Friday, 12 August 2011

Spain - The Final Frontier. Plus, Police use Scooters?

Concluding our trip in Spain, Paul and I soon reached the northern coast of Spain and prepared to get on board a ferry to take us back to the UK. The last few miles soon raced by as we went through the mountains to get to Bilbao, where the ferry port is located.

Before we arrived there, we had some terrific roads to ride on, set in spectacular scenery. We passed a lake with a very low water level....


























We took roads that twisted through gaps in the mountains....




















Here we had stopped to fix the GoPro video camera to my Harley-Davidson Road King while Paul checked his e-mails....




















The gorge we rode through was very twisty and great fun. We came out the other end with big grins on our faces!....




Stopping for lunch on the northern coast of Spain, we had an exceptional view....





















We stayed the night in Hondarribia, which is right on the frontier between Spain and France. This was the view from the hotel, with Spain on this side of the river and France on the other.  One could say, the final frontier we saw....




















Hondarribia is in the Basque country in northern Spain and this region is an Autonomous Community within Spain. It has its own language and this is immediately noticeable with road signs being very different from the majority of Spain. We stayed once again in a Parador hotel which was a converted from a 10th century fortress castle. The hotel has thankfully retained many of the castle’s original features, including one wall left in its original rubble condition....





















A main dining room....





















A massive stone staircase....





















The bar area....





















Paul and I walked into the main part of the town which being a Friday, was packed with many families, friends and groups all out enjoying the evening and the start of the weekend. The atmosphere was terrific and very laid back. We noticed this scooter, which very unusually, was a police bike! I have never seen a scooter like this before....




















The next day, our ferry didn’t leave until the evening, so the two of us took a ride into France, to the town of Biarritz. Being on the Atlantic Ocean, the waves are often good enough for surfing, in a pretty spectacular setting....




















More views along the coast as we made our way to the ferry....





































In Bilbao, we went to see the famous Guggenheim Museum, a contemporary art museum designed by Frank Gehry. The building is known as one of the most important pieces of modern architecture in the world and it is easy to see why....




















We didn’t go inside the museum, for it was the building we came to see.

Interesting public art outside the museum....







































A final shot of the two of us on this trip....




















And one of our bikes, which had performed tirelessly and without fault....




















On the way to the ferry, we had to cross a river by a ‘flying transporter bridge’. Capable of carrying just 6 cars (or 5 cars and our two bikes) the bridge is not really a bridge at all, but a cable car that you drive into, slung beneath a tall steel structure across the river. This picture is looking back at the structure....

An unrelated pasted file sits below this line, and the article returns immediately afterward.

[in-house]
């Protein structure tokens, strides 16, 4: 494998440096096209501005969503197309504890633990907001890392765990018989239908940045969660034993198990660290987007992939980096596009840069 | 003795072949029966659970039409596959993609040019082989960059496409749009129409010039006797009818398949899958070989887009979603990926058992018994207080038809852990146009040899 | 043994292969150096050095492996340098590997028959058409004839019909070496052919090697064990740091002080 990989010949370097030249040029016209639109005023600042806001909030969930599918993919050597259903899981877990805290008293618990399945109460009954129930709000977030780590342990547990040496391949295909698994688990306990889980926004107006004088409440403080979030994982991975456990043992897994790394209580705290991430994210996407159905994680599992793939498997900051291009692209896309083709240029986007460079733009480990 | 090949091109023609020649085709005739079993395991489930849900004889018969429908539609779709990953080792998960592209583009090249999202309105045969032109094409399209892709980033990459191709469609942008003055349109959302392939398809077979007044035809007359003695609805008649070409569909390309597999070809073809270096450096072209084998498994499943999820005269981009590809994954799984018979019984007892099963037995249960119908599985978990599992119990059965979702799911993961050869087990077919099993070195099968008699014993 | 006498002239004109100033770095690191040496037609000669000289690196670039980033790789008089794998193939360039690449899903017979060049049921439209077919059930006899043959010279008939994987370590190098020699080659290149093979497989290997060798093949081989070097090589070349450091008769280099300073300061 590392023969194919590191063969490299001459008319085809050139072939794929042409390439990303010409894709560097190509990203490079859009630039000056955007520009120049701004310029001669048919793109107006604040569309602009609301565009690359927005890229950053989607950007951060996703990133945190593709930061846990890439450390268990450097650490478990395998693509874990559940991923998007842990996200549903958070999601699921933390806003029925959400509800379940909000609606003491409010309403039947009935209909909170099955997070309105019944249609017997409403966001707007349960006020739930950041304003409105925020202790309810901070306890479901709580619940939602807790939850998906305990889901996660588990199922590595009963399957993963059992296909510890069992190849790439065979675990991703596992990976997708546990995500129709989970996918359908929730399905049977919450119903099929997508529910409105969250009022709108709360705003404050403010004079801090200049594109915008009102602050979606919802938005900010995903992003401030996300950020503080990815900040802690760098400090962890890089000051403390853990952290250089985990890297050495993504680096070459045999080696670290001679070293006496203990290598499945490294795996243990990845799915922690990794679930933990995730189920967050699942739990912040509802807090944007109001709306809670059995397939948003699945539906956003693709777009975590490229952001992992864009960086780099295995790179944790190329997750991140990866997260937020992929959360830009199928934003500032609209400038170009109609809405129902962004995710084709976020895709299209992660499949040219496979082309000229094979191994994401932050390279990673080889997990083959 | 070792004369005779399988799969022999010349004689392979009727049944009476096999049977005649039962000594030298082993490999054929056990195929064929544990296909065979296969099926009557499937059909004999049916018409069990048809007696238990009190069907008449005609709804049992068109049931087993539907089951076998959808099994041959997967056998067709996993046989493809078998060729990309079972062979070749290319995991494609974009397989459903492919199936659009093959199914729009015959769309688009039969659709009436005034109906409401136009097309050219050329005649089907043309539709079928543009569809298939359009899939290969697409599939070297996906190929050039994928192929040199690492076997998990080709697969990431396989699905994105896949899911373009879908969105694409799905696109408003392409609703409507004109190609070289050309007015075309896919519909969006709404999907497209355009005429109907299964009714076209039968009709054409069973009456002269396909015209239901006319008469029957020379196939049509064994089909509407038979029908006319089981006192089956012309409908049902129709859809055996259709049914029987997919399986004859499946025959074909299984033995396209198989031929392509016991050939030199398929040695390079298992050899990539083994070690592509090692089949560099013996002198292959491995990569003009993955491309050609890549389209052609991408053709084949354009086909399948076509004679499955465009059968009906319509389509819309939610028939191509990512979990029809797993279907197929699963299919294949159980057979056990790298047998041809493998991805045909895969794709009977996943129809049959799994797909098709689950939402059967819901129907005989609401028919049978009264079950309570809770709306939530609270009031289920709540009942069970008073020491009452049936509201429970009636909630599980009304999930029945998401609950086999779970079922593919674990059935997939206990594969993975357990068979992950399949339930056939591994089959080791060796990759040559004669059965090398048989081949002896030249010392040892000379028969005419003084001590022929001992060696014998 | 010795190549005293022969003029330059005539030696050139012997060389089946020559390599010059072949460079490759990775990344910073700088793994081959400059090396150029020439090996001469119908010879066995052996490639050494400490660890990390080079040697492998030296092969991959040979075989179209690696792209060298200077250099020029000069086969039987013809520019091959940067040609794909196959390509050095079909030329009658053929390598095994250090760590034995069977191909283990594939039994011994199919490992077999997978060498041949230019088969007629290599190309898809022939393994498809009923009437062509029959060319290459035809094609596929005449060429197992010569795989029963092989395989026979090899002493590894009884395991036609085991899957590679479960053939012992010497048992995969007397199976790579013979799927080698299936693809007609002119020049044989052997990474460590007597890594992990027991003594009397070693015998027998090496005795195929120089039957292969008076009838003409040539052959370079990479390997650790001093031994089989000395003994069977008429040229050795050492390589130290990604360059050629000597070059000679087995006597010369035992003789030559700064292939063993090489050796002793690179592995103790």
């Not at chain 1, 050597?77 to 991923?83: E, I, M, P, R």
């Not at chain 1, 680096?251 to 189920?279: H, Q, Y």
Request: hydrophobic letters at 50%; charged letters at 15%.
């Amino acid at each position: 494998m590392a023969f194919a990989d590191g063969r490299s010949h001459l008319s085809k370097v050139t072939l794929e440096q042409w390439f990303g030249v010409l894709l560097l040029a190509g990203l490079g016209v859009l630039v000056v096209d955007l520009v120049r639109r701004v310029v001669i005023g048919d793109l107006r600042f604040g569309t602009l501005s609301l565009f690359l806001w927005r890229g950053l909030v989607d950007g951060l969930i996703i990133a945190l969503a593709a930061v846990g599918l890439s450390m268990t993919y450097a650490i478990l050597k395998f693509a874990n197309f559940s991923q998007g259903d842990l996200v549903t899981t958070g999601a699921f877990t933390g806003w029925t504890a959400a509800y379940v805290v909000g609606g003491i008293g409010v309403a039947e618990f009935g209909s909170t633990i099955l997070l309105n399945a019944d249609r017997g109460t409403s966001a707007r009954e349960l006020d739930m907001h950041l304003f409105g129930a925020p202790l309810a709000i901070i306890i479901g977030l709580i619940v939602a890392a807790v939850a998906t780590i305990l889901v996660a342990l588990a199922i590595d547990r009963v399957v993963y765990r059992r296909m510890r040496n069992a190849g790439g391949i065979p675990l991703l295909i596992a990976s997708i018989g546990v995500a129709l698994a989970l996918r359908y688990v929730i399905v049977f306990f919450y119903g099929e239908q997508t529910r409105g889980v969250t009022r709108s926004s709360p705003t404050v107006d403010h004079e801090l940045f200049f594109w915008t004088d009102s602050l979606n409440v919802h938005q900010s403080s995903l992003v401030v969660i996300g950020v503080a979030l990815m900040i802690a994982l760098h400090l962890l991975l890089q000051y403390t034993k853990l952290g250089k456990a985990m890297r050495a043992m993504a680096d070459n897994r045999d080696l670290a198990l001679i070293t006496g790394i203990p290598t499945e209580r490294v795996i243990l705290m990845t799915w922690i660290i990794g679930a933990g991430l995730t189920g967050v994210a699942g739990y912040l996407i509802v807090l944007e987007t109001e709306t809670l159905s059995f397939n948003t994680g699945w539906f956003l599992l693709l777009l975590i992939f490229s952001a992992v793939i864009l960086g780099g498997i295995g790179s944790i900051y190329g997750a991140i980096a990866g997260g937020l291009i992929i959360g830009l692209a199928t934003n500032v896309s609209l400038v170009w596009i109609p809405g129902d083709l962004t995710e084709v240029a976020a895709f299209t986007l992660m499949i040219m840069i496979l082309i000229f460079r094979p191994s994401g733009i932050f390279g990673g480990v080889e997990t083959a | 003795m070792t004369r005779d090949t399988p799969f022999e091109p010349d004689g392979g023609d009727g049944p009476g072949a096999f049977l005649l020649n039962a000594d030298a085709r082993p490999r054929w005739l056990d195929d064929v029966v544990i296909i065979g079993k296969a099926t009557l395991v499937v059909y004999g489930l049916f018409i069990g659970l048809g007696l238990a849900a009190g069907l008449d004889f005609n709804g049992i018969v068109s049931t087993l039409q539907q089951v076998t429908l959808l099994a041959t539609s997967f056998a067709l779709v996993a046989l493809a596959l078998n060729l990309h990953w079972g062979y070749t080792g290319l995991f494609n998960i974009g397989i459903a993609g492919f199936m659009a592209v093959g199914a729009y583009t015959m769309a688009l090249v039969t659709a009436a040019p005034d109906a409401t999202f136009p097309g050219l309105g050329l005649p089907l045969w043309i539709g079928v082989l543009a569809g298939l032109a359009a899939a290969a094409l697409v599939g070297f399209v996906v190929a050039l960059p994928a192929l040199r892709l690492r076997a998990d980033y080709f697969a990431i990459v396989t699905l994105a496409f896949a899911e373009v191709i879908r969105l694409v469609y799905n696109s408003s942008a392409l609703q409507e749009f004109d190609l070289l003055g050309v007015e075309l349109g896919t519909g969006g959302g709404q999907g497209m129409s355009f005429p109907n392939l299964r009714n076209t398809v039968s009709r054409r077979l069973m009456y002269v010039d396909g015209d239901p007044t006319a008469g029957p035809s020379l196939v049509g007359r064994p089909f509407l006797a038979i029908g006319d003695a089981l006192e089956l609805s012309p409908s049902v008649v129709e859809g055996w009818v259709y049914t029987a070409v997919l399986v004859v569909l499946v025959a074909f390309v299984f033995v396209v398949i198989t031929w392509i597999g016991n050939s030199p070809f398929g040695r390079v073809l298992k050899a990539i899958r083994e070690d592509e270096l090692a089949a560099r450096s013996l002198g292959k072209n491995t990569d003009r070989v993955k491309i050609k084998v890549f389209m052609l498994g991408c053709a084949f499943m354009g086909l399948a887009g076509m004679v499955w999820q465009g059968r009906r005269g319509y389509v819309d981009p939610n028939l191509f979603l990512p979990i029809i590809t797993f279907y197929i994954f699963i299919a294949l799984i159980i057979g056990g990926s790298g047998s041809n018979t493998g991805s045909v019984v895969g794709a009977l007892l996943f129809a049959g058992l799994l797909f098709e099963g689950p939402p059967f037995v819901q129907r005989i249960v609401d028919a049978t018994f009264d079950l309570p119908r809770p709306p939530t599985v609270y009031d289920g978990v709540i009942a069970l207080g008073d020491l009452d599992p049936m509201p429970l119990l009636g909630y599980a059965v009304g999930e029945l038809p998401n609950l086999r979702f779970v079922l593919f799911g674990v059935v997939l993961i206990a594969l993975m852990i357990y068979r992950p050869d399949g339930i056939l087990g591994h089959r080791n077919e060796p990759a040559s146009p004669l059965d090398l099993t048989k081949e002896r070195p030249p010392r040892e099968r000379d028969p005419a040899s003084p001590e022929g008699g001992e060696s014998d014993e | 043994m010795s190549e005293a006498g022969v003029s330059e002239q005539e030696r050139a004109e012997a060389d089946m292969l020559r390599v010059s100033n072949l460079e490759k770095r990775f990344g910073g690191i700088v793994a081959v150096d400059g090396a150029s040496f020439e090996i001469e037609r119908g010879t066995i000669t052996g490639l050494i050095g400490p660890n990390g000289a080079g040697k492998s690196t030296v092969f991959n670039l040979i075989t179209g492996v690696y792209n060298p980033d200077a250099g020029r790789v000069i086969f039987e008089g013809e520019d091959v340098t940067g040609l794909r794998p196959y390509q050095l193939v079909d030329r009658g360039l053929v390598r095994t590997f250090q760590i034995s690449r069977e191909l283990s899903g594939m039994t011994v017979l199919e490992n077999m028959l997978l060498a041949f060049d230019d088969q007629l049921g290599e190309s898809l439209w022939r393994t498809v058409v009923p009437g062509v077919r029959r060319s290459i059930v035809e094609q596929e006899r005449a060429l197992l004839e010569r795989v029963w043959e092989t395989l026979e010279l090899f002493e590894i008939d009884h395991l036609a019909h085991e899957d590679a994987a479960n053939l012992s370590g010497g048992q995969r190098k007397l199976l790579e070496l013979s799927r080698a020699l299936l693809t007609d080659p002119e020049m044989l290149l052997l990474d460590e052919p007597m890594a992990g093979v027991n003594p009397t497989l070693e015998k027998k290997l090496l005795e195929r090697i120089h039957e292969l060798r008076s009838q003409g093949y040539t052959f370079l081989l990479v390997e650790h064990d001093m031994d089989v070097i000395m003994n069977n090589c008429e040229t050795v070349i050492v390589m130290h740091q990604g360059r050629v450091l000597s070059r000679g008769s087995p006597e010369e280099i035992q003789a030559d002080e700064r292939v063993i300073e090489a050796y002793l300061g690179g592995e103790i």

Paul, sitting on his bike paying the bridge attendant for the crossing....




















From our ferry leaving Spain....





















It was on the ferry that I discovered I had left my laptop behind in the last hotel we stayed at and a quick phone call confirmed it had been found in my room, where I had left it. It was a relatively easy job to get it couriered back to me in London.

As the ferry arrived back in Portsmouth on the south coast of England, we saw a passenger-carrying hovercraft and we passed a huge aircraft carrier, moored in the navy dockyard....



































Paul and I had enjoyed an excellent motorbike tour of Spain. We had seen a great deal of the country, mainly from back-roads. It is a huge and fascinating place, full of history and character. We had travelled 2,659 miles / 4,279 kms and learned much of the way of life in many parts of Spain that the tourists rarely see. We had seen glorious weather and had only been rained on for about 30 seconds, just before leaving England.

As ever, Paul is a tremendous riding partner and we cheerfully waved each other farewell as we headed back to our own homes and our wives late on a Sunday night.

A few pointers about motorcycle touring in Spain....
  1. The roads are of a very good quality
  2. Beware of people walking on the roads, where very often there are no pavements / sidewalks
  3. Away from the motorways and the main roads, there is almost no traffic
  4. Away from the motorways, there are very few places to stay the night. Hotels and campsites are few and far between, so book ahead.
  5. Away from motorways and especially on the back-roads, take every opportunity to fill up with fuel, especially on Sundays. Fuel filling is nearly always done by an attendant.
  6. Beware of the lunchtime drinking culture, even by drivers. While we didn’t experience any problems at all, we did see many drivers (including truck rivers) drinking alcohol in the cafes and bars we stopped in for lunch
  7. It can get very hot in July and August. Drink a lot and wear sun screen
  8. Few restaurants serve dinner at night before 2030. Many don’t open until then.
  9. Plan your motorbike ride to pass through mountain areas. The roads there are fantastic!
  10. Away from the coast, very few people speak anything but Spanish, but this is okay. Learn 10 Spanish words and everyone will try to help you!

14 comments:

RichardM said...

I've thoroughly enjoyed the glimpse you've shared of Spain. The video through the canyon was great and I like the perspective you use for your videos. What do you attach the camera to?